Michael Salcman, MD, is an internationally known neurological surgeon, poet and art critic. Born in Pilsen, Czechoslovakia in 1946, the son of Holocaust survivors, he came to the United States in 1949. He attended the Combined Program in Liberal Arts and Medical Education at Boston University where he received both the BA and MD in 1969, graduating first in his class. After a surgical internship, he was a Fellow in Neurophysiology at the National Institutes of Health from 1970 to 1972 and trained in neurological surgery at Columbia University’s Neurological Institute in New York (1972-1976). He joined the faculty at the University of Maryland School of Medicine in 1976 and served as chairman of neurosurgery from 1984 through 1991. He was named a Distinguished Alumnus of Columbia’s Neurological Institute in 1985 and of Boston University’s School of Medicine in 2001. In 1991 he was elected President of the Congress of Neurological Surgeons. He is the author of almost 200 medical and scientific papers and the author or editor of six medical and scientific texts.
A past President of the Contemporary Museum in Baltimore, Salcman lectures widely on the relationship between the arts and sciences & the visual arts and the brain, at such institutions as The Cooper Union in New York, the Maryland Institute and College of Art in Baltimore, and the Walters Art Museum. As Special Lecturer in the Osher Institute at Towson University he regularly teaches History of Modern and Contemporary Art from 1800 to the Present at Towson University, the Art Seminars Group, and the Osher Institute at Johns Hopkins. Salcman has been writing poetry for almost fifty years. His poems have been widely published in such journals as Alaska Quarterly Review, Barrow Street, Harvard Review, Hopkins Review, The Hudson Review, New Letters, New York Quarterly, Notre Dame Review, The Ontario Review, Poet Lore, and Raritan. His work has been nominated for six Pushcart Prizes and a Best of the Web Award, and his poems have appeared on Poetry Daily, Verse Daily and in several anthologies. They can be heard on NPR’s All Things Considered, on WYPR’s The Signal and on Maryland Morning, and in Lee Boot’s award-winning feature-length documentary about the brain and creativity, Euphoria (2008). In 2012, a suite of Salcman’s poems were set to music by noted Baltimore composer Lorraine Whittlesey.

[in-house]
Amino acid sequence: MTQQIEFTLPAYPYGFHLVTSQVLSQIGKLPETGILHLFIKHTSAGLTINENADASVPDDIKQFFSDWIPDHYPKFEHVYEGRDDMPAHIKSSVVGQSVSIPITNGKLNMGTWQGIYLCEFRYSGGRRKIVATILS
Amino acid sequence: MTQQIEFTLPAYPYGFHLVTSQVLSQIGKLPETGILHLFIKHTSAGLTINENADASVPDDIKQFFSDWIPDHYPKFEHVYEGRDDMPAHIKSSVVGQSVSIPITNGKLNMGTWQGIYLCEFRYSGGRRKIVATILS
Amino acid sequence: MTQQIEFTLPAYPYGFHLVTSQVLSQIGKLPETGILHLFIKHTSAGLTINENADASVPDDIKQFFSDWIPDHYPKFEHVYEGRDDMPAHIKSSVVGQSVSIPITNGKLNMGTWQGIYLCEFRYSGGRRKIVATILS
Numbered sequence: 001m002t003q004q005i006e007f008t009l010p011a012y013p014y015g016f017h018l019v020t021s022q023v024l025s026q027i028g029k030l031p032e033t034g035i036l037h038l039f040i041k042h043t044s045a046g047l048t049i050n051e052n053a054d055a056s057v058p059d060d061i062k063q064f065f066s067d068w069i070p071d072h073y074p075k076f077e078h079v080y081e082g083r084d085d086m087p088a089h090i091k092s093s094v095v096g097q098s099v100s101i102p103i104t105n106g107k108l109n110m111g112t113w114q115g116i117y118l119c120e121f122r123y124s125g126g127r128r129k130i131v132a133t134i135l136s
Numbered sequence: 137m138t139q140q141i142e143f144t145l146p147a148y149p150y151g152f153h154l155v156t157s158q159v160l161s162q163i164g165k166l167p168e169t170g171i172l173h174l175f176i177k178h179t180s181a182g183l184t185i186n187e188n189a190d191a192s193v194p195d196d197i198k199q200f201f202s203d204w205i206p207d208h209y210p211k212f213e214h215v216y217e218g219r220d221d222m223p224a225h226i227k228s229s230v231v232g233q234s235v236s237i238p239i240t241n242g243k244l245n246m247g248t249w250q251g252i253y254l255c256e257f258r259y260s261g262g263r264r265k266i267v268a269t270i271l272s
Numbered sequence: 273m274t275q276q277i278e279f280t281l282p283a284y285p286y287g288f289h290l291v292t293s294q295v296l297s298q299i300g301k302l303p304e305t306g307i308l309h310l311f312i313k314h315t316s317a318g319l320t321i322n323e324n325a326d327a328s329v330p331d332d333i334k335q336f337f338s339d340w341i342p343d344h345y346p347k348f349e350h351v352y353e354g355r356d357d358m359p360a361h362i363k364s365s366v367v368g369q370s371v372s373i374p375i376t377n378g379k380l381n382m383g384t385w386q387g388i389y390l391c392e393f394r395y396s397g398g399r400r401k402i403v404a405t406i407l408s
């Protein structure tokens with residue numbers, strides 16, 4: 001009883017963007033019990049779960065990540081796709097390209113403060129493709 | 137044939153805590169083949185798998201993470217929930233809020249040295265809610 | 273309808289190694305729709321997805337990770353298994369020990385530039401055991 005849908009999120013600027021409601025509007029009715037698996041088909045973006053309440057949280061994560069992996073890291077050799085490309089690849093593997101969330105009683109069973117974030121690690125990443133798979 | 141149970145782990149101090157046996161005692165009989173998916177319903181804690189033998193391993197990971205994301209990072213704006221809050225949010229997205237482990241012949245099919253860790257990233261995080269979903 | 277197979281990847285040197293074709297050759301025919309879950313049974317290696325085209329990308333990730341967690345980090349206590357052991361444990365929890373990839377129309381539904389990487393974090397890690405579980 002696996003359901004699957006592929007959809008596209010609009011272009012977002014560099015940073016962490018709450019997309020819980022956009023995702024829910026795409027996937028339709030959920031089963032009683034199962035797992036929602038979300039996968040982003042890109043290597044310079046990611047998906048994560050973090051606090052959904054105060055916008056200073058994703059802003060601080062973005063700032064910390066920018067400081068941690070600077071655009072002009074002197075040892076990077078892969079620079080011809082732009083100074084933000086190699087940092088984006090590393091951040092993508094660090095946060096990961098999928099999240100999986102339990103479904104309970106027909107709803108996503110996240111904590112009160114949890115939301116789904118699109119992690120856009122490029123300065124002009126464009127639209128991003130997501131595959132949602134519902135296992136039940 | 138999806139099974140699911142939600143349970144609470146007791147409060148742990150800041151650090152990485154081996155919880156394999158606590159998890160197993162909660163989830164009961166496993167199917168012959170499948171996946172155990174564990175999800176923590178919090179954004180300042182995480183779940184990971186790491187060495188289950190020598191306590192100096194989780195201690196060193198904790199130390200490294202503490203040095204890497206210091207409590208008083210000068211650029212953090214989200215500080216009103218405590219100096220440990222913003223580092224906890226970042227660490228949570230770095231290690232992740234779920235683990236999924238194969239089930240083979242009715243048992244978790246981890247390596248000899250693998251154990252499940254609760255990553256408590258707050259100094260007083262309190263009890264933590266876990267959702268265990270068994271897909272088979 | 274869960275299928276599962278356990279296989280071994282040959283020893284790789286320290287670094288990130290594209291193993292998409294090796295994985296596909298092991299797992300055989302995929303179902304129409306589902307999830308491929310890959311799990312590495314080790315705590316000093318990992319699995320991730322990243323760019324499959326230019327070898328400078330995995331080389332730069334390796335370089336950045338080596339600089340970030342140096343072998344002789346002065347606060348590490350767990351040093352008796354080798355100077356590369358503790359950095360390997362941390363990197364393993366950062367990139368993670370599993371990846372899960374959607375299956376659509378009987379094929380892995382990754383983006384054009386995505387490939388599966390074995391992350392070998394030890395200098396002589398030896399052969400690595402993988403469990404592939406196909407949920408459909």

Salcman received the Distinguished Alumnus Award in 2001. The Alumni Association of Boston University School of Medicine confers Distinguished Alumnus Awards and Humanitarian Awards on graduates of the medical school.
The BUSM Distinguished Alumnus/a Award is presented to a graduate in recognition of outstanding and widely recognized achievement, particularly to one who exemplifies the standards and objectives of the School of Medicine through personal conduct, professional accomplishments, and community service. Distinct preference is given to one whose achievements have a significant impact to the medical field on a national and global scale.